oil on canvas

52 x 70 in

No Place to Hide II , 2013

William Montgomery

No Place to Hide II , 2013

oil on canvas

32 x 40 in

Leon County, 2018

Susu Meyer

Leon County, 2018

oil on canvas

40 x 44 in

Thanks for Being Me, 2016

Jim Malone

Thanks for Being Me, 2016

mixed media

32 x 40 in

Untitled, 2016

Richard Stout

Untitled, 2016

acrylic on canvas

60 x 40 in

Hot Springs Canyon Morning #3, Big Bend, 2018

David Caton

Hot Springs Canyon Morning #3, Big Bend, 2018

oil on canvas

48 x 48 in

Allen's Landing After the Construction, 2017

Arthur Deatly

Allen's Landing After the Construction, 2017

acrylic on canvas

36 x 60 in

Watching the Tree Line, San Jacinto, 2019

Ken Mazzu

Watching the Tree Line, San Jacinto, 2019

oil on canvas

50 x 70 in

Two Moons (Atascosa County, TX) , 2019

Susu Meyer

Two Moons (Atascosa County, TX) , 2019

oil on canvas

40 x 40 in

Bonnie Brae, 2018

Richard Stout

Bonnie Brae, 2018

acrylic on canvas

36 x 48 in

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State of Contrast
Defining Texas Art in simple terms is like attempting to define the state itself. Just as there is no one Texas - Texas experience, culture, landscape, aesthetic - there is no singular quality that encompasses the artwork produced by Texas. The state is as diverse and wide-ranging as the people it embraces and landscapes they populate. With pine trees to the east, deserts to the west, plains to the north, and the valley and gulf to the south, it remains a region steeped in contrast and contradiction. State of Contrast, a group exhibition curated by Kinzelman Art and Foltz Fine Art, celebrates the communion of a classic vision of Texas with modern sensibility, nodding to Early Texas art and artists while paving a path for new perspectives. A point of divergent cultures and landscapes, the region has fostered its population together for over 150 years. With art continuously evolving alongside history, it is evident that many artists in State of Contrast draw inspiration from Texas masters of the early twentieth century in their subject matter or style. From the rugged Big Bend Country found in paintings by Mary Baxter and David Caton, to the idyllic plains of the Gulf Coast depicted by Ken Mazzu, each capture a particular combination of beauty, richness and determined independence that is uniquely Texan. Furthermore, a number of works exhibited hone in on more specific historical events and landscapes, such as Arthur Dealty’s instantly recognizable urban snapshots and the distinctly native Texas wildlife rendered in Malou Flato’s nostalgic paintings. In viewing artists as cultural barometers on the forefront of shifts occurring across our state and society at large, the diversity represented in State of Contrast demonstrates the innate strength binding us together, even as life in the twenty-first century seems to be rapidly changing. Walking through the exhibition, it is apparent that present-day Texas is a stark contrast to what it was 50 years ago. Our rural origins are often overlooked, yet many artists such as Pat Gabriel and Susu Meyer seek refuge in those places. These paintings serve as a reminder that not too far from our growing and bustling cities, we can rediscover the essence of what makes Texas so extraordinary. Although it’s important to look ahead and grow within our society, it is equally vital to recognize and embrace our roots. On view at the Bank of America Center Lobby @ 700 Lousiana Street Monday-friday, 9-5pm This exhibition is organized by Kinzelman Art Consulting on behalf of MM Properties. For additional information about the exhibition, please call Kinzelman Art Consulting at 713.533.9923 or visit www.kinzelmanart.com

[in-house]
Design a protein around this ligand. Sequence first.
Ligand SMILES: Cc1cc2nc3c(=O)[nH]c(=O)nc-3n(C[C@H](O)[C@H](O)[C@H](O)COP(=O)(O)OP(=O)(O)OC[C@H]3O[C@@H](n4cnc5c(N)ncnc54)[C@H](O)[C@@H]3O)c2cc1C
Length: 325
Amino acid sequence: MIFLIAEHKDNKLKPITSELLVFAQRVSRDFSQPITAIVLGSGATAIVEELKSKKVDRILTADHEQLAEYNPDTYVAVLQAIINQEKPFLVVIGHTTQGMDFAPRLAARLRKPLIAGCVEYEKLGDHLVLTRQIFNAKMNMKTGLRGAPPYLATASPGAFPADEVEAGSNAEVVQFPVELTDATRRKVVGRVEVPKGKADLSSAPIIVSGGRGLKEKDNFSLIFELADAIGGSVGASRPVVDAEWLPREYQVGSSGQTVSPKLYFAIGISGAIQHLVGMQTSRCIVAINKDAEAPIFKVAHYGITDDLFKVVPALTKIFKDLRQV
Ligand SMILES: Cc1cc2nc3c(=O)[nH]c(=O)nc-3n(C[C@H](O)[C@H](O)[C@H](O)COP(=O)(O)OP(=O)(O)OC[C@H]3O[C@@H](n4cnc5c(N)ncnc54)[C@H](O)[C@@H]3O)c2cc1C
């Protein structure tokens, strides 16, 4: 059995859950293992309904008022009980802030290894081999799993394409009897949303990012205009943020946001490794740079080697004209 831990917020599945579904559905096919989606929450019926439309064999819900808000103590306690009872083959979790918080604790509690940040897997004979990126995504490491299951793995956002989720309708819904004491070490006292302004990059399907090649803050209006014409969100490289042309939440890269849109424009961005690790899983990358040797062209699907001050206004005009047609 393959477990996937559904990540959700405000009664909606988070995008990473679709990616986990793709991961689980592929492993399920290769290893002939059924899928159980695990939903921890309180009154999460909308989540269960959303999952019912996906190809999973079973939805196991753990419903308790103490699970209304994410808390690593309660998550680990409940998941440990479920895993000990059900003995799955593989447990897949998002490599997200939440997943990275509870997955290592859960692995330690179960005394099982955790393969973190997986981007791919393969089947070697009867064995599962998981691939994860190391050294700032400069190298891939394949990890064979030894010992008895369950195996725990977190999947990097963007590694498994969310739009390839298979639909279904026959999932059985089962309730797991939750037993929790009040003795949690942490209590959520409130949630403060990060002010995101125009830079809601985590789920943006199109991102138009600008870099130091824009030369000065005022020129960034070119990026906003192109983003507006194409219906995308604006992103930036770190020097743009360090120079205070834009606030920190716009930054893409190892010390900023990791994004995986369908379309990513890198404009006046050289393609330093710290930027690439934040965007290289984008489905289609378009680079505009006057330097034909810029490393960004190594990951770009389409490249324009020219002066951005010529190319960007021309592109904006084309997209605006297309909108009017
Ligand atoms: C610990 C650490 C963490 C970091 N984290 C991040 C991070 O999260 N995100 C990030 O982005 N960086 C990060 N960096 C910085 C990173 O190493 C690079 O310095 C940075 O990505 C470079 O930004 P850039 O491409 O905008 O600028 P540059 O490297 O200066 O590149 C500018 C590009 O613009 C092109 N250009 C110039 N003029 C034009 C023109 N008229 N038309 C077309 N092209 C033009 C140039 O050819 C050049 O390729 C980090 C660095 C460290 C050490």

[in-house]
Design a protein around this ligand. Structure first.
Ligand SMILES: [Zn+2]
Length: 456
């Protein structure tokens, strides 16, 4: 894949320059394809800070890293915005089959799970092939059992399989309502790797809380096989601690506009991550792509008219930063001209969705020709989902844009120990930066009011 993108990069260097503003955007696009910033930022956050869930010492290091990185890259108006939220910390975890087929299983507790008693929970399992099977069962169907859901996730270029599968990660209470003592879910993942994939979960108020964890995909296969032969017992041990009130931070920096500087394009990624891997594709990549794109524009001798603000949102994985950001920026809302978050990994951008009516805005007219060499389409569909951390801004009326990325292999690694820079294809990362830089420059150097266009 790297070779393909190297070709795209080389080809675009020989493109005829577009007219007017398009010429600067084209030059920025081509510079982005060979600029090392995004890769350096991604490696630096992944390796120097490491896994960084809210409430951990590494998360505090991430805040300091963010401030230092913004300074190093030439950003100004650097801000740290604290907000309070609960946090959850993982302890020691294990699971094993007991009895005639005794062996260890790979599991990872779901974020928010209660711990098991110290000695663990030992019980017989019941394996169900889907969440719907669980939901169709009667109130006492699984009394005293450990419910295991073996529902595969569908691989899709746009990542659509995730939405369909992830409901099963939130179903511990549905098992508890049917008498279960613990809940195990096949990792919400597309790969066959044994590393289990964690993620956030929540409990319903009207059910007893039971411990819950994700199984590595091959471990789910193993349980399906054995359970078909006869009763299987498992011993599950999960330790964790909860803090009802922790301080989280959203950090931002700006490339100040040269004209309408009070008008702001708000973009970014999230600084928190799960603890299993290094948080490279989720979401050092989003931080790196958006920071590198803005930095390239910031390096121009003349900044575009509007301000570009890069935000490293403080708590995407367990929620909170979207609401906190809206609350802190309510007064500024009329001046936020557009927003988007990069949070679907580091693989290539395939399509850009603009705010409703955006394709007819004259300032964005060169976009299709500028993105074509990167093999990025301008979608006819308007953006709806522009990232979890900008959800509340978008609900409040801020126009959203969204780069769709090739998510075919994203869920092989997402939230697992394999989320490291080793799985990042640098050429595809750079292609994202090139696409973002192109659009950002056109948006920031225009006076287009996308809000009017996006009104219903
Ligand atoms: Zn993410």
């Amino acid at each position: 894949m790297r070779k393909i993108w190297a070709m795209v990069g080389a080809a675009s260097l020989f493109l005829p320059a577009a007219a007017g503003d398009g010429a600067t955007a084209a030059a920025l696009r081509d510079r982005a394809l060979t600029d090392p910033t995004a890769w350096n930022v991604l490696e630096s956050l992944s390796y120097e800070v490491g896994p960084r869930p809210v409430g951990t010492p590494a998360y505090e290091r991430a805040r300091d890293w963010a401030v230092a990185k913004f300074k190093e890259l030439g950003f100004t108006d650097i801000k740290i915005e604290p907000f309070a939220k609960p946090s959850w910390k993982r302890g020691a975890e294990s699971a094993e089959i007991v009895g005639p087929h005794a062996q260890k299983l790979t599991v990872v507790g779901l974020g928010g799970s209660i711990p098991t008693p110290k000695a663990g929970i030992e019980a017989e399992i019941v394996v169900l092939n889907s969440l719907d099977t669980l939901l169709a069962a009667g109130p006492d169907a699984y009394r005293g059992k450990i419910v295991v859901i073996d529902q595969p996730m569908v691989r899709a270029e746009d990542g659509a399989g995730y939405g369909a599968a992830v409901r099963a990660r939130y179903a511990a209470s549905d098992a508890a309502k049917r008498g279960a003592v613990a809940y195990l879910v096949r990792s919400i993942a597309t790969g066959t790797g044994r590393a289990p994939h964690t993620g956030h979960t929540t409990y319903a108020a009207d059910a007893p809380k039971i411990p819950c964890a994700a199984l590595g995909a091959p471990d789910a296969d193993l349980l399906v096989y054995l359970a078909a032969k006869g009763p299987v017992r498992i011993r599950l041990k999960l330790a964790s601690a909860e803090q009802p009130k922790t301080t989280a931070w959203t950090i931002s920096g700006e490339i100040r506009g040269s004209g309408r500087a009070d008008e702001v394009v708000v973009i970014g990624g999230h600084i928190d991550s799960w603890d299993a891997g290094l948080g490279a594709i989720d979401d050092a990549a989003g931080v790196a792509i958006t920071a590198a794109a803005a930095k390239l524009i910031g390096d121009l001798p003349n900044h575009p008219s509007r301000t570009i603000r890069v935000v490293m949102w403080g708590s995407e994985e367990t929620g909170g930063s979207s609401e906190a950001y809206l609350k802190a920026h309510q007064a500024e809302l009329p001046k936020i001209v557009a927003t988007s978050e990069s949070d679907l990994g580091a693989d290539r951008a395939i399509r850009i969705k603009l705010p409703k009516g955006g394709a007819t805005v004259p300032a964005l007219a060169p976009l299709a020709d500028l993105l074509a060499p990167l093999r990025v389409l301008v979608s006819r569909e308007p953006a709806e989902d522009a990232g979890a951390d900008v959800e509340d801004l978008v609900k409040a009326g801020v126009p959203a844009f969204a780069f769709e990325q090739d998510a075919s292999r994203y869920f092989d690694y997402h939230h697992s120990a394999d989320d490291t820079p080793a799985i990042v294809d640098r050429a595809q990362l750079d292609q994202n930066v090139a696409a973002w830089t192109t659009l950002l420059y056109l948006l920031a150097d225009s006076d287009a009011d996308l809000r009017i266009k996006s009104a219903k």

https://cdn.artcld.com/img/w_400,h_400,c_fit/5emkekk81dvk867cavi5.jpg
Foltz Fine Art
Houston
TX
2019-08-12T00:00:00.0000000
2019-12-13T00:00:00.0000000